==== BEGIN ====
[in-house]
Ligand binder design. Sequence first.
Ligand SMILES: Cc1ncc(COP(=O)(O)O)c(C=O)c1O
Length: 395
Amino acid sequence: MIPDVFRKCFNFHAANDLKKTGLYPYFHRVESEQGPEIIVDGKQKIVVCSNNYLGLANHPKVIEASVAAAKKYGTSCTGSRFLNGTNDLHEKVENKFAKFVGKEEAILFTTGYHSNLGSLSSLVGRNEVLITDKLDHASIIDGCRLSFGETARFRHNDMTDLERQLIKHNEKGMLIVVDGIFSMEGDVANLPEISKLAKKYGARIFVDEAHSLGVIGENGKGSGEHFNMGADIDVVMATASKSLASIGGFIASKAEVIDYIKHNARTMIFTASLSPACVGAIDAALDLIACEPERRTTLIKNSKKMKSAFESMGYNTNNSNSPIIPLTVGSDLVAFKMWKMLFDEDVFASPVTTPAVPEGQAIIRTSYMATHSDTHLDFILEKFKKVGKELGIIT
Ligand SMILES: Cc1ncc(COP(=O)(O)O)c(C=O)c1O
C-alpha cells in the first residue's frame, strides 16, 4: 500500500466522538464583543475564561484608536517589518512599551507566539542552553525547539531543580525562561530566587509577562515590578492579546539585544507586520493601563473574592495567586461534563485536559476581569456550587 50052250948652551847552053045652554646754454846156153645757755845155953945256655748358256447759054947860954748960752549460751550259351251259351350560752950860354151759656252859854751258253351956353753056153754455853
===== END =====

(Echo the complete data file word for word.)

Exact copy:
[in-house]
Ligand binder design. Sequence first.
Ligand SMILES: Cc1ncc(COP(=O)(O)O)c(C=O)c1O
Length: 395
Amino acid sequence: MIPDVFRKCFNFHAANDLKKTGLYPYFHRVESEQGPEIIVDGKQKIVVCSNNYLGLANHPKVIEASVAAAKKYGTSCTGSRFLNGTNDLHEKVENKFAKFVGKEEAILFTTGYHSNLGSLSSLVGRNEVLITDKLDHASIIDGCRLSFGETARFRHNDMTDLERQLIKHNEKGMLIVVDGIFSMEGDVANLPEISKLAKKYGARIFVDEAHSLGVIGENGKGSGEHFNMGADIDVVMATASKSLASIGGFIASKAEVIDYIKHNARTMIFTASLSPACVGAIDAALDLIACEPERRTTLIKNSKKMKSAFESMGYNTNNSNSPIIPLTVGSDLVAFKMWKMLFDEDVFASPVTTPAVPEGQAIIRTSYMATHSDTHLDFILEKFKKVGKELGIIT
Ligand SMILES: Cc1ncc(COP(=O)(O)O)c(C=O)c1O
C-alpha cells in the first residue's frame, strides 16, 4: 500500500466522538464583543475564561484608536517589518512599551507566539542552553525547539531543580525562561530566587509577562515590578492579546539585544507586520493601563473574592495567586461534563485536559476581569456550587 50052250948652551847552053045652554646754454846156153645757755845155953945256655748358256447759054947860954748960752549460751550259351251259351350560752950860354151759656252859854751258253351956353753056153754455853